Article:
If other clauses do require you to upgrade the door to the safety spec the freeholder has given, you could do so without keeping the colour of the door (or other solely cosmetic details) the same as other doors in the block - unless the lease prohibits this.


                    If the lease requires you to keep your door the same as those of other flats in the block, but does not require you to upgrade your door to current safety specs, it is highly unlikely that a clause requiring all doors to be uniform can be used to make you change yours to match the others if the majority of other doors were replaced (in that case it could easily be argued that the replacement doors chosen should have been made to match the existing ones.

                    Comment


                      #11
                      From my reading of the lease there is no clause which states that I must not do anything to affect the uniform appearance of the block. Nor have I found a clause which states that I have to ensure that the front door complies with a particular specification.

                      I have read post #10 several times because the first and last paragraphs seemed contradictory when I first read them. If I understand correctly, the point being made in the first paragraph is that if there is a suitable clause in the lease, the freeholder can dictate that a leasheholder's door must remain the same style and colour as all doors in the block were originally, in order to maintain a uniform appearance.
                      There is a fine line between irony and stupidity. If I say something absurd please assume that I am being facetious.

                      Comment


                        #12
                        I have received the Fire Risk Assessment from freeholder today.

                        One of the members here has given me advice by PM.

                        I continue to respond to communications from freeholder by questioning the legal basis for their demands. They have said why they want me to do these things, but have not explained how doing so is within the scope of their authority (other than suggesting in the original letter that it is a requirement of my lease, which I don't see is the case).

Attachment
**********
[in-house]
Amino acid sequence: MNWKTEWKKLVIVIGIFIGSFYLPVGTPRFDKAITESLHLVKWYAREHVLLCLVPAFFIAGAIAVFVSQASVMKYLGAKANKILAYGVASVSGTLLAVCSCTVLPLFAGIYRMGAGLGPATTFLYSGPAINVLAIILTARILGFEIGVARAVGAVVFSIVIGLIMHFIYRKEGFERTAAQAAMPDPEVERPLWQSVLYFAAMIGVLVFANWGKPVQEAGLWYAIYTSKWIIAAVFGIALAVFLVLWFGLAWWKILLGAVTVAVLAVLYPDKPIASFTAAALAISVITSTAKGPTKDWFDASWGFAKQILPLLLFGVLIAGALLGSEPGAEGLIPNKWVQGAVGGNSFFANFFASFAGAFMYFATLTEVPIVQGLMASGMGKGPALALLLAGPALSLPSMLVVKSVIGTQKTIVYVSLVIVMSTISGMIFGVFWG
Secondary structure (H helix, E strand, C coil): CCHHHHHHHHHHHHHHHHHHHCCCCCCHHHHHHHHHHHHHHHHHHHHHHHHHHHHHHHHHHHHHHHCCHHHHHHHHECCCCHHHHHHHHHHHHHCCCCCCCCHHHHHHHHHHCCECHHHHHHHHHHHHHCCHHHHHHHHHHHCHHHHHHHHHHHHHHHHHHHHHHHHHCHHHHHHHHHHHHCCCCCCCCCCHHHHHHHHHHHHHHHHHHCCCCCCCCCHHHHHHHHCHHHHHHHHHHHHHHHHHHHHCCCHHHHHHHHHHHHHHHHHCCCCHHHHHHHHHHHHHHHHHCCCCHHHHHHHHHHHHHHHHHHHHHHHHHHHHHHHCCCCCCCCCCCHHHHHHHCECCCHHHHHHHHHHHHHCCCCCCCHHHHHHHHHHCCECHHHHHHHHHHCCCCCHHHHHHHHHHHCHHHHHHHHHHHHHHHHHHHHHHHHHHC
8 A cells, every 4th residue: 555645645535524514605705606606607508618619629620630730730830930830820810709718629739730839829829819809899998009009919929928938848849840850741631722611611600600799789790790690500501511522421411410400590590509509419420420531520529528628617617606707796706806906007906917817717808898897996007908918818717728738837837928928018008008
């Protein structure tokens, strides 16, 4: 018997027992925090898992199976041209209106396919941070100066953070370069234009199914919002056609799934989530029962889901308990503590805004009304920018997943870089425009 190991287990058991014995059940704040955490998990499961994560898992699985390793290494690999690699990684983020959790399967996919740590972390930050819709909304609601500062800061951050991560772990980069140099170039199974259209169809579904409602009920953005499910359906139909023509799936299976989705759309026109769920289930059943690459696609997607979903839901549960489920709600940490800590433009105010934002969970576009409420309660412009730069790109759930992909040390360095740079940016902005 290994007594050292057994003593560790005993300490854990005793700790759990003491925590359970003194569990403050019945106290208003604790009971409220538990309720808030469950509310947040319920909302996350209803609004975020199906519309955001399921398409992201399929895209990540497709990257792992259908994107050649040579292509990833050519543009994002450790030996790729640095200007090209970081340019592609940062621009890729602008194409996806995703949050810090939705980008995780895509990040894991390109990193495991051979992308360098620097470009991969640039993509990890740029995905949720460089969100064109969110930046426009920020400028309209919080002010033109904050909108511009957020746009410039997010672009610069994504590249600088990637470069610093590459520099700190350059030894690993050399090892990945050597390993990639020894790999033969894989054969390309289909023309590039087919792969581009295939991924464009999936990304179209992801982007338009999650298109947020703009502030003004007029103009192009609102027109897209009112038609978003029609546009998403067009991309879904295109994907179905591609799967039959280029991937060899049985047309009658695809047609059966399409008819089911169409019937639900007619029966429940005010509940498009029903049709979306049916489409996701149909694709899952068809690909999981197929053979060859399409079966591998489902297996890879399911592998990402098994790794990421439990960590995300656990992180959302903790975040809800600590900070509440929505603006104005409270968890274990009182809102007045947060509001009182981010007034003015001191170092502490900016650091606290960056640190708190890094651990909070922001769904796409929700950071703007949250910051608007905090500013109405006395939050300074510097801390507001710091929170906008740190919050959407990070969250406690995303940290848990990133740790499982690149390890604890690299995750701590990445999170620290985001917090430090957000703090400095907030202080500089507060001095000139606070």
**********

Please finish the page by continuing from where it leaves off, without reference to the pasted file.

There is a fine line between irony and stupidity. If I say something absurd please assume that I am being facetious.

                        Comment


                          #13
                          Originally posted by doobrey View Post
                          If I understand correctly, the point being made in the first paragraph is that if there is a suitable clause in the lease, the freeholder can dictate that a leasheholder's door must remain the same style and colour as all doors in the block were originally, in order to maintain a uniform appearance.
                          Correct.

                          But if there is no clause (or law) that requires the leaseholder to upgrade the specifications of their door, they cannot be made to do so - and if it is the other doors that are changed the leaseholder who doesn't change their door could argue that all of the doors that were changed should have been chosen to match the existing doors.
                          Even if the lease requires you to ensure that your door matches others, you can almost certainly only be made to change your to match others in the building if the lease, or a legal requirement that applies, somehow requires you to upgrade the door - or if you choose to change your door and change it to something that doesn't match.